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The Importance Of Measurement In Marketing


by Katleen Richardson, President of Marketing AdvantEdge

Let’s say that over the holidays last year, you let yourself go a little.  And maybe you never quite got on the new year’s resolution bandwagon, so that newly acquired spare tire has stayed right where it is.

But now you’re finding out that you have an important event to go to later in the year, and you have a specific outfit in mind that you want to wear to the event.  At the moment, there’s no way you could fit into those clothes, but with a bit of meal planning and exercise, it’s certainly an attainable goal for the given time frame.

Now let’s say that I invent a new rule: during the time when you’re working toward trimming down, you can either have a scale or a tape measure to track your progress, but not both.  Which would you choose?

If you happen to remember what weight you need to be at to fit into the outfit in question, you might choose the scale.  However, given that the goal is to get smaller rather than lighter, perhaps the tape measure would be more appropriate.

Marketing your business is much the same.  You’re probably already aware that it’s essential to have a way to measure the progress you’re making, but choosing the appropriate type of measurement system is just as important. Additionally, you’ll want a system that can not only help you make sense of the changes in the past, but can also help you plan for the future of your business.

The sheer range and volume of marketing performance measurement tools techniques out there is staggering.  If you choose a set of tools to keep track of your marketing ROI and work with those tools for a while, you need to periodically assess not only how your marketing efforts are coming along, but also how well the tools you have chosen are handling those measurements.

For example, if you’re at the beginning of a simple campaign and you’re just trying to get a general idea of whether that campaign is working or not, and that’s all you’re concerned about, there’s no need to overload yourself with a dashboard full of widgets telling you all sorts of extraneous information.  Likewise, if you’re trying to identify specific issues within your marketing strategy that are either helping out or causing problems, you’ll want a more comprehensive way to interpret the data you have access to.

Of course, there can be a lot of overlap as your goals slowly shift.  Going back to the clothing analogy for a moment, although what you actually care about is whether you’re getting small enough to fit into your chosen outfit, one could argue that you can still get a good idea of how much you’re progressing simply by measuring weight loss.  If at some point you realize that your longer-term goal is actually to get your body fat percentage down, then that would require an entirely new measurement tool.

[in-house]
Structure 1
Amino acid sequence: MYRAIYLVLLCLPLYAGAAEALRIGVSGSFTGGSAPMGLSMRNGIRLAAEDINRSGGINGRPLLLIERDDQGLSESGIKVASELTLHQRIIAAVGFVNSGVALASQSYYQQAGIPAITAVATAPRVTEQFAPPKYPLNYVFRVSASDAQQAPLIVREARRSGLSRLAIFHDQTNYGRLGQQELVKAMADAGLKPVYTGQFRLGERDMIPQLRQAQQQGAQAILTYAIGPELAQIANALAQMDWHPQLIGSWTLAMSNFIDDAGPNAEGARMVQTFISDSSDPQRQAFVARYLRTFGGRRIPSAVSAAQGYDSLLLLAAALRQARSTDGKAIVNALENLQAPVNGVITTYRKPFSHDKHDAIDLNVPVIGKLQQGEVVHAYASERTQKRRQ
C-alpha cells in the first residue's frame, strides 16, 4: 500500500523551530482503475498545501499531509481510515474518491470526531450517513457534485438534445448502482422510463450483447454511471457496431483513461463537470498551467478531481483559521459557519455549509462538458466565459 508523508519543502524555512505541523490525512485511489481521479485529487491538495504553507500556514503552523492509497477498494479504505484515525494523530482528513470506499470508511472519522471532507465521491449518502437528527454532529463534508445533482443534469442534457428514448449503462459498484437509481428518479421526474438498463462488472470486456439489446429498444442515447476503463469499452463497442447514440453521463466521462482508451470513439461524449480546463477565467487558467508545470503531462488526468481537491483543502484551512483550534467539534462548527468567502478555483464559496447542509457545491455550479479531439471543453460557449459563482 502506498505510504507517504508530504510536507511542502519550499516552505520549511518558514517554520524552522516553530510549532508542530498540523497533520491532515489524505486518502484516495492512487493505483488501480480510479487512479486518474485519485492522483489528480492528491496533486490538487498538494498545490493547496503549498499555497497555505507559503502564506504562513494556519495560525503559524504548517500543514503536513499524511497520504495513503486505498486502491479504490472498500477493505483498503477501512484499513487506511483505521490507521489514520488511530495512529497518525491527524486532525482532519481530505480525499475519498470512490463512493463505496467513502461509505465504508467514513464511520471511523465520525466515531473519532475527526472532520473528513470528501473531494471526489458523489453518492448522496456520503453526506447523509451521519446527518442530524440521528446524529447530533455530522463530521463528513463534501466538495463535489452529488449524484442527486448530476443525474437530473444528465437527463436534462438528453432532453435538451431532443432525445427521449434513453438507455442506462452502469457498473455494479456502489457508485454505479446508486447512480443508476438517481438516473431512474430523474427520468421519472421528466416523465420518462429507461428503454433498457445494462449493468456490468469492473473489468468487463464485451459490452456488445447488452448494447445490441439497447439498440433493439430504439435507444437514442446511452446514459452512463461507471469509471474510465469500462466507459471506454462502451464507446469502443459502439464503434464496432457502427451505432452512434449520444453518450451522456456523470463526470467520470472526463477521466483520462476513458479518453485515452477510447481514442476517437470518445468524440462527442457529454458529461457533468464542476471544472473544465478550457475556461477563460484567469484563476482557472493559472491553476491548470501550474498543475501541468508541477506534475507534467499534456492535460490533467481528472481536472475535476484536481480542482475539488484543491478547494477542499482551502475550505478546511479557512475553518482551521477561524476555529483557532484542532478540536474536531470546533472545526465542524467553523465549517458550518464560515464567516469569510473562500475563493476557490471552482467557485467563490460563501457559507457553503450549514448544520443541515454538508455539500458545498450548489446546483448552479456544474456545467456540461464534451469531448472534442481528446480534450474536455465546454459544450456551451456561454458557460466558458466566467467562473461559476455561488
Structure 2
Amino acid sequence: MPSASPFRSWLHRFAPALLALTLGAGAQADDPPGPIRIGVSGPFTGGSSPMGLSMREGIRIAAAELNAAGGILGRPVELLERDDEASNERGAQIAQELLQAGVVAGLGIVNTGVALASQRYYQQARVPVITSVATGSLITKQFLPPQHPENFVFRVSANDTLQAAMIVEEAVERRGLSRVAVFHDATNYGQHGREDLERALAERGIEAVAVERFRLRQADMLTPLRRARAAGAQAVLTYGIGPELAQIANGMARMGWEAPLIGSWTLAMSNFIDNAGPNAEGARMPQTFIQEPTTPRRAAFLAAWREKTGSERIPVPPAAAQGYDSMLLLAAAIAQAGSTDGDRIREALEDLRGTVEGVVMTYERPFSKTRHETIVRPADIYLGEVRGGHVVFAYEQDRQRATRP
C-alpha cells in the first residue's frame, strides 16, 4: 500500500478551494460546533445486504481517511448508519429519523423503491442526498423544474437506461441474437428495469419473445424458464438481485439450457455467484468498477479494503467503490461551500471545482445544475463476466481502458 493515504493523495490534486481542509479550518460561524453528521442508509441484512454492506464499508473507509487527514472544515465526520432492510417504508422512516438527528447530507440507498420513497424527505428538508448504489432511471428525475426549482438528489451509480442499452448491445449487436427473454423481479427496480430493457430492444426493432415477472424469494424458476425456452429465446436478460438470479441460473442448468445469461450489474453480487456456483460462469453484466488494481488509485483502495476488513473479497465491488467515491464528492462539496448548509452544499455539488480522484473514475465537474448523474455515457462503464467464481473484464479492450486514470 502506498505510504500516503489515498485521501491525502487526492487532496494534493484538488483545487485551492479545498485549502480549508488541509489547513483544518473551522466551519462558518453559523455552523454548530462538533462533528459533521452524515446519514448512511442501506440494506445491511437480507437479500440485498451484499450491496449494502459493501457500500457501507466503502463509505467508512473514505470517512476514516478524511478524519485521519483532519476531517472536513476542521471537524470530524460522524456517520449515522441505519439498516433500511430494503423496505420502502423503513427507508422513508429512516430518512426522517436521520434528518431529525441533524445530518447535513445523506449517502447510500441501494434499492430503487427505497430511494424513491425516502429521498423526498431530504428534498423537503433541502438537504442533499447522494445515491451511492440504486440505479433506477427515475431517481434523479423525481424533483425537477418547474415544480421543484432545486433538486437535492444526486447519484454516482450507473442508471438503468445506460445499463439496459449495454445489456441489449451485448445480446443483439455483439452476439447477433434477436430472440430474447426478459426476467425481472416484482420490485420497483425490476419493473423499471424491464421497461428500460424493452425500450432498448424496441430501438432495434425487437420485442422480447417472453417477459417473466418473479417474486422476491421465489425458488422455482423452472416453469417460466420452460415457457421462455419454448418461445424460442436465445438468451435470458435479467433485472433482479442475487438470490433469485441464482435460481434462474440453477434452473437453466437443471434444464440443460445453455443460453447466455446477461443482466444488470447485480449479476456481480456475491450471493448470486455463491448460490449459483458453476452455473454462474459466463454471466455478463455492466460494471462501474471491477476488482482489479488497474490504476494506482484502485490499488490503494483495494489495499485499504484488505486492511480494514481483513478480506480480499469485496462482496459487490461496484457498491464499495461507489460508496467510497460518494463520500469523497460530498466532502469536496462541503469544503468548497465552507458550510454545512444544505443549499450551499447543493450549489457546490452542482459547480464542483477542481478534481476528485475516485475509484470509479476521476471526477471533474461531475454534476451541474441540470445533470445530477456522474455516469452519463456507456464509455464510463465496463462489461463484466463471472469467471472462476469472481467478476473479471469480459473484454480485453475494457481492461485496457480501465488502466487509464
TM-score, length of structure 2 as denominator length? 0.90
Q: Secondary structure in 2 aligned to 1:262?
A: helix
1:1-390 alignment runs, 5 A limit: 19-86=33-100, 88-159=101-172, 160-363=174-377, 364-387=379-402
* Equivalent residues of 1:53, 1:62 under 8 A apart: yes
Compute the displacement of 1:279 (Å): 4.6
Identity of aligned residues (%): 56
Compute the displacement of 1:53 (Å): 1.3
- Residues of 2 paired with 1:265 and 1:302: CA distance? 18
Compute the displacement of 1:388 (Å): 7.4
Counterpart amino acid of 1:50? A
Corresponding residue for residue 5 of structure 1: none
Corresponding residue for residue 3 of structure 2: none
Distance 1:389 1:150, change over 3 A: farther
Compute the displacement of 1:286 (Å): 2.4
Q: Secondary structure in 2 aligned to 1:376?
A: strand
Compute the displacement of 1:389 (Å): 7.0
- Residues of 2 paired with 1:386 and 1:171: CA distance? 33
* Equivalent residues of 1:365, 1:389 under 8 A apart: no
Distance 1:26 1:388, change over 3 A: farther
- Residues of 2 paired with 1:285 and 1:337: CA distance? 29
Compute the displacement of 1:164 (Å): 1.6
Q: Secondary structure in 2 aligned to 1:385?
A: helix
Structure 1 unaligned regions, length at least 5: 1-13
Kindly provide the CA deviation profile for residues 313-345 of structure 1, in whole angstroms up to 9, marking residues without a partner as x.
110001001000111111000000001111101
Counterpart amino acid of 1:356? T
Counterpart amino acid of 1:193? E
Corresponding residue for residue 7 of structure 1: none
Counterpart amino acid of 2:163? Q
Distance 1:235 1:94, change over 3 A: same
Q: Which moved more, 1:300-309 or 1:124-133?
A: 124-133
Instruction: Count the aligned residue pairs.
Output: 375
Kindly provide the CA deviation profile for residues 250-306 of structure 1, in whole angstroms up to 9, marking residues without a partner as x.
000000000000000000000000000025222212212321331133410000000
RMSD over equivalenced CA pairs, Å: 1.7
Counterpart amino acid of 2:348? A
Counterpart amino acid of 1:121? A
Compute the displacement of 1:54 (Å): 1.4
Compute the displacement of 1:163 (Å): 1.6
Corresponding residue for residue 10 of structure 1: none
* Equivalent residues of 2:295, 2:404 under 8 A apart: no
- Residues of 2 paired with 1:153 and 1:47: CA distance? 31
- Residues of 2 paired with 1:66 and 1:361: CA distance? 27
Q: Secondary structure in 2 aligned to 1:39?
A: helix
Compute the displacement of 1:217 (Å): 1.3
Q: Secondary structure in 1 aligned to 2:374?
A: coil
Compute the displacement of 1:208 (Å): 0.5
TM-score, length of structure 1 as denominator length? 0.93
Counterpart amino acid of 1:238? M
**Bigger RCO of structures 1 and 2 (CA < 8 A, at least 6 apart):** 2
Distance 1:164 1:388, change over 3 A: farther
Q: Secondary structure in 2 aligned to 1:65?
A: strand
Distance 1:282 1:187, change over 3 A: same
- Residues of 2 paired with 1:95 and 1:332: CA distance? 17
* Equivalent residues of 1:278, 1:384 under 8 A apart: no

To that end, it’s perhaps just as important to use your measurements to start forecasting; don’t just look at the past and get the numbers, let those numbers help you plan for the future. Use them to learn whether you are doing enough to sustain and grow the business as you look ahead. For example, let’s say you have lead to sale conversion ratio of five percent. Some months it goes up, other months it goes down. But what do those overall trends mean for revenue in three, six, or nine months? Creating a Key Performance Indicator (KPI) dashboard can help you get a handle on how to answer that question and what you need to do to manage the business proactively.

Take some time to assess what your marketing goals are at the moment, and also keep in mind what your longer-term targets are.  Then compare those to the measurement tools you’re using, or the ones you’re considering, and decide exactly where your measuring efforts (and budget) would be best spent.


Katleen Richardson is an experienced leader who builds integrated strategies combining research, data analysis and creative thinking. She has delivered successful solutions for the publishing, financial and telecommunications industries, as well as for conference and training companies, and professional associations. Her approach is to design customer focused, cost-effective solutions based on cross functional collaboration and results-based metrics.